Tag Archives | South Africa

Reliving The South African Struggle In London

London School of Economics Coat of ArmsLondon: Thomas Wolfe wrote “You Can’t Go Home Again” years ago, and its core truth keeps popping up in my life even as I tend to retrace some of my life journeys, in an endless walk down memory lane.

I am back in London, cold and wet as I remember it, to attend an event honoring those of us who went to South Africa on underground missions at my mid 1960’s alma mater, The London School of Economics and Political Science. I was on political side of he College’s split personality back in 1966-68.

This event marked my real “major” in what the Rolling Stones called “street fighting years:“ imagining world revolution.

Our group of solidarity stalwarts is now called “The London Recruits.” There is now a book out from Merlin Press telling our story in the words of many participants, including myself.

Yes, I was an activist in those pre-journalism years, blamed by some in the then Fleet Street press for sparking the LSE’s student “troubles” that soon morphed into an occupation and dramatic student protest.… Read the rest

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Warning: South Africa Is An Angry And Frustrated Nation And On The Brink

DurbanSign1989Durban, South Africa: These are not the best of times in South Africa. It seems clear that there is fear and loathing everywhere as the press is packed with fresh allegations of corruption, and a restive mood spreads even as the country prepares to host the economic Summit of the BRICS countries it is part of–Brazil, Russia, India, and China which is facing a growth in joblessness and economic/political malaise.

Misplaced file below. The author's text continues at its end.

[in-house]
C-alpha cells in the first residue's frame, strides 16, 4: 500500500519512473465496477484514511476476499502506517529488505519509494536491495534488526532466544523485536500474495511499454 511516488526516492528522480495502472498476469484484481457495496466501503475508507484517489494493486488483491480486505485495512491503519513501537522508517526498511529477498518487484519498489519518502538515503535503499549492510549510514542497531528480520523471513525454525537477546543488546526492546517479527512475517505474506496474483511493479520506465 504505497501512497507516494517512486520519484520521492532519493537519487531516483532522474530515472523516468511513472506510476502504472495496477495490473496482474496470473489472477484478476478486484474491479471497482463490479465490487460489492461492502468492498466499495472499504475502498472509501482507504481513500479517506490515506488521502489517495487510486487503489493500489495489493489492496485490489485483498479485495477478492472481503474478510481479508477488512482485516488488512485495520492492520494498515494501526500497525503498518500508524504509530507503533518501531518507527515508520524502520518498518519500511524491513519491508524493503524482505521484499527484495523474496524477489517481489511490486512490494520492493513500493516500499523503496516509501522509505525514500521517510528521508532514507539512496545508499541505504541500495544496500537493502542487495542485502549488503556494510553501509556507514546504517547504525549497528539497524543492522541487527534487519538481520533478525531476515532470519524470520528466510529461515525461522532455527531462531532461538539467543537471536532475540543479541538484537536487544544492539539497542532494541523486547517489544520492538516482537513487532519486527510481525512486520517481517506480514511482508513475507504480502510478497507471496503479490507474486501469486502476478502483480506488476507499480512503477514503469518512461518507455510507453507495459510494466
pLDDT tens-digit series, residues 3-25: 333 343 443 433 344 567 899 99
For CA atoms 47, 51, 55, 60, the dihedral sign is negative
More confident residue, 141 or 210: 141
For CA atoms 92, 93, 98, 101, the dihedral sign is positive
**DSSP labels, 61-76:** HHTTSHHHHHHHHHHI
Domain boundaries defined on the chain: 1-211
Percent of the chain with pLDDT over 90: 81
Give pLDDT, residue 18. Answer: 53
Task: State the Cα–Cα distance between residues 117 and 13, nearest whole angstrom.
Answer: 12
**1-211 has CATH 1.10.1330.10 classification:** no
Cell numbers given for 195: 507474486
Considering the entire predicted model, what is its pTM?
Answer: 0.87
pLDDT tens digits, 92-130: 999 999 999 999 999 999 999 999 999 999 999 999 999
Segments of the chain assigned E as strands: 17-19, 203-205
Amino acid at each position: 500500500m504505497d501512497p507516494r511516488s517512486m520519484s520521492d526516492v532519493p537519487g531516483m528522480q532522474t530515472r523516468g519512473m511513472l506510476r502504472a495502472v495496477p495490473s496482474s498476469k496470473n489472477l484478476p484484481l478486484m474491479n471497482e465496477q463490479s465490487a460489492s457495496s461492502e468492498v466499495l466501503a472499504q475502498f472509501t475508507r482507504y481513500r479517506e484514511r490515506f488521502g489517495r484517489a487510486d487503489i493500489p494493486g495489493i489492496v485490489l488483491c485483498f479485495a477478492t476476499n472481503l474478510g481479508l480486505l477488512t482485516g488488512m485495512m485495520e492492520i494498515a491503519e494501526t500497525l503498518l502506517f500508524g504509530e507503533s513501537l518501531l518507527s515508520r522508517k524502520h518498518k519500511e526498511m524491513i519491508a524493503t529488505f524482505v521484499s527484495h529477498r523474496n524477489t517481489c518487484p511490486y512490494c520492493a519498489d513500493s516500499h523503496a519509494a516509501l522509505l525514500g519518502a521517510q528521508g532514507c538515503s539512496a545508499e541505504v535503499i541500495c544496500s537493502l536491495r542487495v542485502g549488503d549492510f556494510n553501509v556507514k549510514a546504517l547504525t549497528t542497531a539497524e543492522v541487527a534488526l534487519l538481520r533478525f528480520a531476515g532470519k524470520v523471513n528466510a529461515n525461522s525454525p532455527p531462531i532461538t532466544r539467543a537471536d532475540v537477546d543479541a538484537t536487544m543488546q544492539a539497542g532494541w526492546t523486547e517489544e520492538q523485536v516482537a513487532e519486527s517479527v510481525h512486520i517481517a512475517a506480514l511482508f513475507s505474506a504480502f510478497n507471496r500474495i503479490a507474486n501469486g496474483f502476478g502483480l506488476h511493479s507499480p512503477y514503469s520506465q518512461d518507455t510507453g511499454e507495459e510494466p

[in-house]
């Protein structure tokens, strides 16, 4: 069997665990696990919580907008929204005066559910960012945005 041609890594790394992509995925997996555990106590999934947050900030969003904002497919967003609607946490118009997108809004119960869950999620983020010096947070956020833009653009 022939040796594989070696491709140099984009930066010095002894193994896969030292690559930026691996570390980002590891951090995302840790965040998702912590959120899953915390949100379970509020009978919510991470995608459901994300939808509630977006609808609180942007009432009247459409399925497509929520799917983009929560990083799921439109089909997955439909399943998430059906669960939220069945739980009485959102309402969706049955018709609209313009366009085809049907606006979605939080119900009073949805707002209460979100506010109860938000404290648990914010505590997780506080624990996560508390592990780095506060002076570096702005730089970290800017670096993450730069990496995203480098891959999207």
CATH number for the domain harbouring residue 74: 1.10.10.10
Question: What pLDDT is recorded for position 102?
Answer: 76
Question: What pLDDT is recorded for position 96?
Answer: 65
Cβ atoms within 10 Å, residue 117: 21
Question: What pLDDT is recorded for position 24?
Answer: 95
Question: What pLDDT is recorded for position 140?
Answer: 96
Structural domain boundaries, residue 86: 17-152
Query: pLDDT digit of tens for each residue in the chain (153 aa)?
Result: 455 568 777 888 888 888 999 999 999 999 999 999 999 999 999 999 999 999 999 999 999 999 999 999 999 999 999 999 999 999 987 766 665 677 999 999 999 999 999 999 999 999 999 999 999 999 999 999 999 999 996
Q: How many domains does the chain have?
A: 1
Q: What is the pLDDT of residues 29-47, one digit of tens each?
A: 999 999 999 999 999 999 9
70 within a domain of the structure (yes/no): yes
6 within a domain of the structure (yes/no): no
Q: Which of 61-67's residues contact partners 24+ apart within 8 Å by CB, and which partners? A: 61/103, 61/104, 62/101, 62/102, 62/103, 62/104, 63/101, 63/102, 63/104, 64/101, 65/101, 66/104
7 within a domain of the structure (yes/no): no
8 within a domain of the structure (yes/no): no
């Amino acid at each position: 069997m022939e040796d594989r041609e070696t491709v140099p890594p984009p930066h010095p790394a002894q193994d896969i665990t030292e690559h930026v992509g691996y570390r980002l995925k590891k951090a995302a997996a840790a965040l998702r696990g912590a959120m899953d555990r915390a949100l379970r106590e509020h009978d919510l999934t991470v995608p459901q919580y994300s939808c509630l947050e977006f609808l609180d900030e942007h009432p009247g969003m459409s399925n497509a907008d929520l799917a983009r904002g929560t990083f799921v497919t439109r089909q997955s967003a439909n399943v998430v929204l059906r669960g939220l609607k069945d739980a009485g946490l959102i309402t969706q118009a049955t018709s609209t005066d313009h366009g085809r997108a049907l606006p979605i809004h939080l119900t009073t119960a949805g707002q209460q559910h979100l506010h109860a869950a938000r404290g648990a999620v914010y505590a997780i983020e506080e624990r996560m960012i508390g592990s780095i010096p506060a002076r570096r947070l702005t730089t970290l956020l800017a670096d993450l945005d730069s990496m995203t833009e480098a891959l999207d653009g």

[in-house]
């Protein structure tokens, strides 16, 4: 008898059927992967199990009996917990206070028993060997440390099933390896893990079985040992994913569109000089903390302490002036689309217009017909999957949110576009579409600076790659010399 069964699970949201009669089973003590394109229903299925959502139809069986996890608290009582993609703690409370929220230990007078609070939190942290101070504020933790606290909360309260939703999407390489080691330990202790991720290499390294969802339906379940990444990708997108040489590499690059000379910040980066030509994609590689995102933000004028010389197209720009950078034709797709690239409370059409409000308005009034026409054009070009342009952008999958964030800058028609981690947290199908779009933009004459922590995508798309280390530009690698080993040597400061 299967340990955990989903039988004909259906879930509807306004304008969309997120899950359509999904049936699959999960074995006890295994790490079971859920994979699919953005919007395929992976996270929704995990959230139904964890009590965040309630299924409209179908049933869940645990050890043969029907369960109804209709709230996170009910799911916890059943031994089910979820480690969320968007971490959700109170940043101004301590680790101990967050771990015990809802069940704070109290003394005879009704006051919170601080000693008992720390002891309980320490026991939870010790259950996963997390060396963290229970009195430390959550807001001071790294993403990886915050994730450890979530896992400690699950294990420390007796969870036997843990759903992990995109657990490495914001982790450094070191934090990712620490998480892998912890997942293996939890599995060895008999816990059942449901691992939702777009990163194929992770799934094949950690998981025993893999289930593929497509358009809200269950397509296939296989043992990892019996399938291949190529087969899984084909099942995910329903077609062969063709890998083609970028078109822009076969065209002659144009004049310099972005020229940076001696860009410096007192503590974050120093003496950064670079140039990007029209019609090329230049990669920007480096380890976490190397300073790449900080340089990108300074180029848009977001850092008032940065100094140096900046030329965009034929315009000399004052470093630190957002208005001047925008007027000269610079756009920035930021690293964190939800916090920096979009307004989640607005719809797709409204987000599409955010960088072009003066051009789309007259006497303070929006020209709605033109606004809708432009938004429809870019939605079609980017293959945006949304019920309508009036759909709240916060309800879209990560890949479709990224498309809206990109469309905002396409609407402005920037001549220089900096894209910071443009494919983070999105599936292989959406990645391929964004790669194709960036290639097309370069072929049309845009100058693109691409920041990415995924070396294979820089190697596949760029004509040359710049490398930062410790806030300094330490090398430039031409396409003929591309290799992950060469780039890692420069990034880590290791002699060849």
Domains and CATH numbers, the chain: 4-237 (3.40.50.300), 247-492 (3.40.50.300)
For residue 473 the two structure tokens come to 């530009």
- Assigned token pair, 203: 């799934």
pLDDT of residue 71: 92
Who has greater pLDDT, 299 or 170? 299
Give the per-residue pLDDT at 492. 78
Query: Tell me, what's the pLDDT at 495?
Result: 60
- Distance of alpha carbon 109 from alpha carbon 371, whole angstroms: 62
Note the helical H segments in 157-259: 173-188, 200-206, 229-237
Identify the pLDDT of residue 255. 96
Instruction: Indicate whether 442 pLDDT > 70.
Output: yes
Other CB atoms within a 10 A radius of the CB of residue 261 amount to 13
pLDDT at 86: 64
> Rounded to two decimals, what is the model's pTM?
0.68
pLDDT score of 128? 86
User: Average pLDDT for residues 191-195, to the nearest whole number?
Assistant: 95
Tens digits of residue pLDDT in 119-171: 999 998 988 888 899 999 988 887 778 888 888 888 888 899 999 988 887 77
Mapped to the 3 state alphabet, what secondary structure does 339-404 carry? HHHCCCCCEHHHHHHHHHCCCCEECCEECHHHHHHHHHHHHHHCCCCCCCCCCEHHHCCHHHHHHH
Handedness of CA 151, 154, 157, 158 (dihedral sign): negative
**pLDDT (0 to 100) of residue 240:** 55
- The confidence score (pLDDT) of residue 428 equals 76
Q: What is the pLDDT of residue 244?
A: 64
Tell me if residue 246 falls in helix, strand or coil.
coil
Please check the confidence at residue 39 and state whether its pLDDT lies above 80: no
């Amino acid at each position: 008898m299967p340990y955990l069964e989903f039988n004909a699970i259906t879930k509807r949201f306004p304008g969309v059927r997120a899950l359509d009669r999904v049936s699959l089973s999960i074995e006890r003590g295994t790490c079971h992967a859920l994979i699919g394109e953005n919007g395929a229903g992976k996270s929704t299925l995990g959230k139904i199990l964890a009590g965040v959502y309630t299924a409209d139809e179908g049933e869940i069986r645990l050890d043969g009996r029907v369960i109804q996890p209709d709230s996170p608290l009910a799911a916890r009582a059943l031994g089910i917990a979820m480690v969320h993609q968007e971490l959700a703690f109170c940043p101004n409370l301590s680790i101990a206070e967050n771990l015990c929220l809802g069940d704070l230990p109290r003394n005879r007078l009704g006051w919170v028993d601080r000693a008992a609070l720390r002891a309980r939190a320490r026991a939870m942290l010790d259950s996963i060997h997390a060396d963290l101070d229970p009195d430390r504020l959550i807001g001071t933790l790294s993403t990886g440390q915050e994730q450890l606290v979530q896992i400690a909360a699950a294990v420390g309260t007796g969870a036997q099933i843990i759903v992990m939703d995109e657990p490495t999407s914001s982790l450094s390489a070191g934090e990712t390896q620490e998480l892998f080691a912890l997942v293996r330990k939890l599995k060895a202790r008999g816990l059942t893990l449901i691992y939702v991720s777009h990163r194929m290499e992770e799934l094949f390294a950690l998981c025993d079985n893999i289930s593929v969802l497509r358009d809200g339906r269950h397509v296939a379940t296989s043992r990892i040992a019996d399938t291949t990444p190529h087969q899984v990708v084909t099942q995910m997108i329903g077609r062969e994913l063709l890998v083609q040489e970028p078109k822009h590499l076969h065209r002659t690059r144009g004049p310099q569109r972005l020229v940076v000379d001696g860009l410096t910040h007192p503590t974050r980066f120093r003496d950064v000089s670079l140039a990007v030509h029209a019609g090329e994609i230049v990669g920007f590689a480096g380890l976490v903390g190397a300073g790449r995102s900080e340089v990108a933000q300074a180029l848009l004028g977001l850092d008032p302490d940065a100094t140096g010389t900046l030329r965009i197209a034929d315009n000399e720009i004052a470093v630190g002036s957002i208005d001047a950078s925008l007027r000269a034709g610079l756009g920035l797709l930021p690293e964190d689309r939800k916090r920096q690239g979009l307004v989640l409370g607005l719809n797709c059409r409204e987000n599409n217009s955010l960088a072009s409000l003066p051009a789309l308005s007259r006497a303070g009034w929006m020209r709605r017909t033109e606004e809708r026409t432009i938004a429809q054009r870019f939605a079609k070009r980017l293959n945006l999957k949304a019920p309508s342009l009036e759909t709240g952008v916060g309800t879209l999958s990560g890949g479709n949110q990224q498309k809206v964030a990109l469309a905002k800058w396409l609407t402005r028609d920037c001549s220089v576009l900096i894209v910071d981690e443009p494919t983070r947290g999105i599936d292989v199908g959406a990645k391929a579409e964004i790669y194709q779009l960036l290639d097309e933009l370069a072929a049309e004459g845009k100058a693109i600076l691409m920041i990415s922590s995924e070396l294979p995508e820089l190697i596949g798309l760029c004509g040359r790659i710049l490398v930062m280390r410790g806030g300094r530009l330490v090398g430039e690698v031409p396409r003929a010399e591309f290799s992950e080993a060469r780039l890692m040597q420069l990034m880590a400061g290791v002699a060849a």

Nelson Mandela’s wife, Graca Machel, the brilliant Mozambican leader who married the man everyone here calls by his clan name Madiba, is speaking out even as her husband Nelson Mandela no longer can because of age and infirmity.

She calls South Africa an “angry nation… on the brink of ‘something very dangerous’. She was speaking at a memorial for a Mozambican cab driver whose killing by the police was caught on a cellphone camera and went viral. The police deny they were brutal, despite the video, which further outrages a country that seems to be increasingly turning on the politicians they see as plundering its resources.… Read the rest

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Malls for the ‘Sheeple’

Into Boksburg and ERMDurban, South Africa: Back in 2002, South Africa hosted a UN environmental Summit on sustainability. It drew a rag tag army of green activists from all over the world, many excited to visit the now free South Africa that they fought for through the apartheid years, and hoping to meet members of the liberation movement led by Nelson Mandela